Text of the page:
What to Do When You Don’t Get the Job

what to do when you don't get the job

Finding a good job takes time—but also an emotional investment. After an interview goes well, you usually get psyched up and imagine yourself being offered the position. But not everyone gets the job. The sad truth is that good candidates can get passed over. Sometimes you come really close… but ultimately the position goes to the other person.

The process by which employers choose employees can leave us feeling confused and, when we aren’t hired, doubting our worth, our value, and our ability to ever land a good job.

So, what should you do when you are the candidate that gets the “we’ve gone with someone else” call?

  1. PAUSE (and feel your emotions)

    Allow yourself to have your emotions AND don’t let them overwhelm you.

    Take the time to grieve the future that was lost in not getting the job. You might feel anger, sadness, or frustration—any or all of these emotions are okay to feel. It’s an important step in your healing process to grieve this opportunity you really thought was the next step in your career.

    Acknowledging and naming your emotions will help you to honor your experience, but not let it stop you from moving forward fully and confidently.
  2. Reflect

    Take some time to reflect on your experience and think about what you did that you were proud of.

    • Did you craft a powerful resume or cover letter?
    • Did you demonstrate an interest in the interviewer and their experience of the company?
    • Did you tell great stories in the interview?
    • Were you at ease in talking about your skills and your brand?

    Whatever the “wins,” make sure you own them. If you made it to an interview, let alone the final round, you clearly did something well!

    In addition, take some time to think about what you’d do differently.

    • Were there some interview questions that stumped you?
    • Were you overdressed or underdressed?
    • Did you not plan for traffic and arrive late?

    Think of the whole process as a learning opportunity that will make you into an even better candidate the next time around.

  3. Follow-up

    Send a thank you note. Most people understand that you should send a thank you note after an initial job interview, but it’s also a great idea to send one when you don’t get the job.

    This can really help you stand out in a good way. It’s also another chance to repeat your strong points (that align with their company values, vision, mission, etc.), and, if you’re interested, to leave the door open for future opportunities.
  4. Analyze

    1. Make a list of what you loved about this job opportunity.

      • Was it the actual position or the company itself that you were really excited about?
      • Was it the short commute?
      • Was it the opportunity to work with a group of like-minded people?

      The more detailed you can get here, the better.

    2. Next, think about the parts of the job/company that you didn’t like. During the job search process it’s common to gloss over the parts of a job/company that you don’t necessarily like. Now is a great time to go back and highlight those things so that you can make an effort to avoid these in future job searches.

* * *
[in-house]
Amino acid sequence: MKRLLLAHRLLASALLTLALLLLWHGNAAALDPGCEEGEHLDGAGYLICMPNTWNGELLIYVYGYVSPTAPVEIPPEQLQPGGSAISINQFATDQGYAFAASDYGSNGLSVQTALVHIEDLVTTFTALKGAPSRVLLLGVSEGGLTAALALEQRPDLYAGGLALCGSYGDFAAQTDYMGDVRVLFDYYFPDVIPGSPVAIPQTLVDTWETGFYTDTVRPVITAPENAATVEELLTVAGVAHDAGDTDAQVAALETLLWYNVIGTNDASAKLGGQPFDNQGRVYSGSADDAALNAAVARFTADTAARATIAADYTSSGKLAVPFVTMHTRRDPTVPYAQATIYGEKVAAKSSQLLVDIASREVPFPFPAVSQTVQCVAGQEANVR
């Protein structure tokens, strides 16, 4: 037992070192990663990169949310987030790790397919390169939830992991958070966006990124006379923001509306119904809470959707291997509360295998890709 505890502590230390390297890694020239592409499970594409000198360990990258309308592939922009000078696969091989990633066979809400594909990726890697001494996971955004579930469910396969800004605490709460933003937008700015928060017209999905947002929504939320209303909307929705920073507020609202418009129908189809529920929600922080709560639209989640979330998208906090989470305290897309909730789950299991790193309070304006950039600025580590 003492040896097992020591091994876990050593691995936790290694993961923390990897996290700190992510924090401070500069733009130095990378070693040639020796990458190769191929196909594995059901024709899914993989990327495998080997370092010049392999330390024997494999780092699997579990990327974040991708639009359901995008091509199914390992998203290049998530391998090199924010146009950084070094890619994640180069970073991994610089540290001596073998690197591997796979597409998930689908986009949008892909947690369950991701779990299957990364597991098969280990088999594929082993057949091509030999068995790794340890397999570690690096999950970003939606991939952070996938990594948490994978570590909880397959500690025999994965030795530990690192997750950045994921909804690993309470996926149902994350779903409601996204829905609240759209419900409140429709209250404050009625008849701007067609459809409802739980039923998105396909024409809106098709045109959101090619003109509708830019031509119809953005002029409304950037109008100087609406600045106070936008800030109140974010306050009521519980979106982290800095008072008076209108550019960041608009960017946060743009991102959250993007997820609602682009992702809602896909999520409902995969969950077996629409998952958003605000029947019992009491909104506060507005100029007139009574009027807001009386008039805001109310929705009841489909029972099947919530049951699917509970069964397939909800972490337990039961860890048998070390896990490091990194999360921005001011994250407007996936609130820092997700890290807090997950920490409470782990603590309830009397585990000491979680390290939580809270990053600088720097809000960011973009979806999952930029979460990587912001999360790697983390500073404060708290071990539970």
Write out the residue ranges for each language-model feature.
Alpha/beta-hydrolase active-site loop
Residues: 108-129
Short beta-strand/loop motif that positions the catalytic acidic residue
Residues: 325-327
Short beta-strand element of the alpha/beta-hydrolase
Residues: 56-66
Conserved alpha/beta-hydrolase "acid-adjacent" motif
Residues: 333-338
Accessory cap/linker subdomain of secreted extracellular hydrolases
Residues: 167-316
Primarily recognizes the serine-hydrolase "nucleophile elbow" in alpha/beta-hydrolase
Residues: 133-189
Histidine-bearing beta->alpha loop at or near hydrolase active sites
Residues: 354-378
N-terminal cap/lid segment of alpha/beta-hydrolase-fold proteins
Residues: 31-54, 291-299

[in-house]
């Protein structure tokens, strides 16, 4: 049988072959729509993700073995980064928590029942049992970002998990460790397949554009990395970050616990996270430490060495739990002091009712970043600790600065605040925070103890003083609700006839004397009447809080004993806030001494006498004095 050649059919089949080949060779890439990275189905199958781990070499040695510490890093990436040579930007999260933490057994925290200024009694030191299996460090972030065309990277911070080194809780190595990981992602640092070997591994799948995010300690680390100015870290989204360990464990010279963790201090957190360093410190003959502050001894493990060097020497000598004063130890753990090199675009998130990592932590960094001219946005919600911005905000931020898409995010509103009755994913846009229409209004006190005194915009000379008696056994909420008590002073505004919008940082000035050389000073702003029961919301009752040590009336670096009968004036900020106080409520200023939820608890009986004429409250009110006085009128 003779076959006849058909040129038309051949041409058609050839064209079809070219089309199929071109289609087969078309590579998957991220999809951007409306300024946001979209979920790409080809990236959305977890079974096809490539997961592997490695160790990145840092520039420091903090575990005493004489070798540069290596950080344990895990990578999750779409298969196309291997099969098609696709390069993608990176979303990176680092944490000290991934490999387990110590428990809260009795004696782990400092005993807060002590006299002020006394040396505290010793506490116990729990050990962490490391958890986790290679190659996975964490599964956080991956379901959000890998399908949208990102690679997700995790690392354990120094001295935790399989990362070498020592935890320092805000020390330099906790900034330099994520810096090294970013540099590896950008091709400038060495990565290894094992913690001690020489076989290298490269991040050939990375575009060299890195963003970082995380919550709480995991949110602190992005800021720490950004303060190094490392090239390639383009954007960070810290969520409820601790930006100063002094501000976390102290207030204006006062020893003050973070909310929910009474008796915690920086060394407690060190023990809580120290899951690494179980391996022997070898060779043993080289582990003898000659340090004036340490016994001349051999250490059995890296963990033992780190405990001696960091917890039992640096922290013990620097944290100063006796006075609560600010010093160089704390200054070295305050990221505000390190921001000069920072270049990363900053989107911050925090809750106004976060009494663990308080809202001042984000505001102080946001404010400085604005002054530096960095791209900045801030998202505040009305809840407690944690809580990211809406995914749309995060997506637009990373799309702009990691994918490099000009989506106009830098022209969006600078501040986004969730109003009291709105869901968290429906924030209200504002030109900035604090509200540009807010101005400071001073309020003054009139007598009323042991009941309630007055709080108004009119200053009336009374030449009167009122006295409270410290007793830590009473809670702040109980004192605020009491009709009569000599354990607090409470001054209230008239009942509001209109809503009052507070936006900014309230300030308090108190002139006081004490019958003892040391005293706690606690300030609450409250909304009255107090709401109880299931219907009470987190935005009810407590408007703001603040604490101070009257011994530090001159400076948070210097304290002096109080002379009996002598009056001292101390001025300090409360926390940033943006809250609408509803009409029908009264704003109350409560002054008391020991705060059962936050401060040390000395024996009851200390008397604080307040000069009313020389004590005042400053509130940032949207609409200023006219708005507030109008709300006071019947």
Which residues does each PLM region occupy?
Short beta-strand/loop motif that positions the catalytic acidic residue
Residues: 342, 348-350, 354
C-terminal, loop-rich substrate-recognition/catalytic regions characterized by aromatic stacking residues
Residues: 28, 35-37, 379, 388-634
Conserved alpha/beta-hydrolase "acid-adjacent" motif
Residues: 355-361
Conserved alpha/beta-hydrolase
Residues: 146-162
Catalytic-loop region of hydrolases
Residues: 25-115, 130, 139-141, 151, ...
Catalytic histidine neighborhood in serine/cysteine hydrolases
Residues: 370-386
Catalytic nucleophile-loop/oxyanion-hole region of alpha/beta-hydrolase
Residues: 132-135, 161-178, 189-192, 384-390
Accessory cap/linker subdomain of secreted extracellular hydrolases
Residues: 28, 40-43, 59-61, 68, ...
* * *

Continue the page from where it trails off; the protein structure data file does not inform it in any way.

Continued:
3. Now, consider this list of likes/dislikes and create a description of what you want to do in your days, the kind of place you want to work, and the basics of money and other details for any position you apply to in the future. You can get creative and use your list to do some targeted Google searches and networking for that dream job.

  5. Move on

    It’s important not to dwell on the loss but to be gentle with yourself if you are struggling to move on. If you were talking to a younger version of yourself, you wouldn’t say, “Just get over it!” You’d likely say, “I believe in you” (and so do we!).

    Then, move onto the next application, and remind yourself that the hiring process often takes time. You’ll be able to focus better on the next application if you can get excited and motivated for it.

Try to look at this experience as something that’s pointed you in exactly the direction of where you’d like to go. You didn’t get this job, and, yeah, that sucks. But you now have a better idea of how you handle the interview process, what you want from a new job, and what you need to do to show up at your best.

Your new future awaits and the possibilities are limitless!

We believe in you,

Your Coaches and Allies at Carpenter Smith Consulting

Need support as you refine your job search and interview skills?
We’re all about helping you articulate your passions.
Click to contact us about our career coaching services.
 

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  • Linda Carpenter, Stephanie Smith

    Carpenter Smith Consulting

    Linda Carpenter and Stephanie Smith started Carpenter Smith Consulting in Portland to support individuals and teams who dream about having the power, impact and influence to create success and meaning in ... Read full profile
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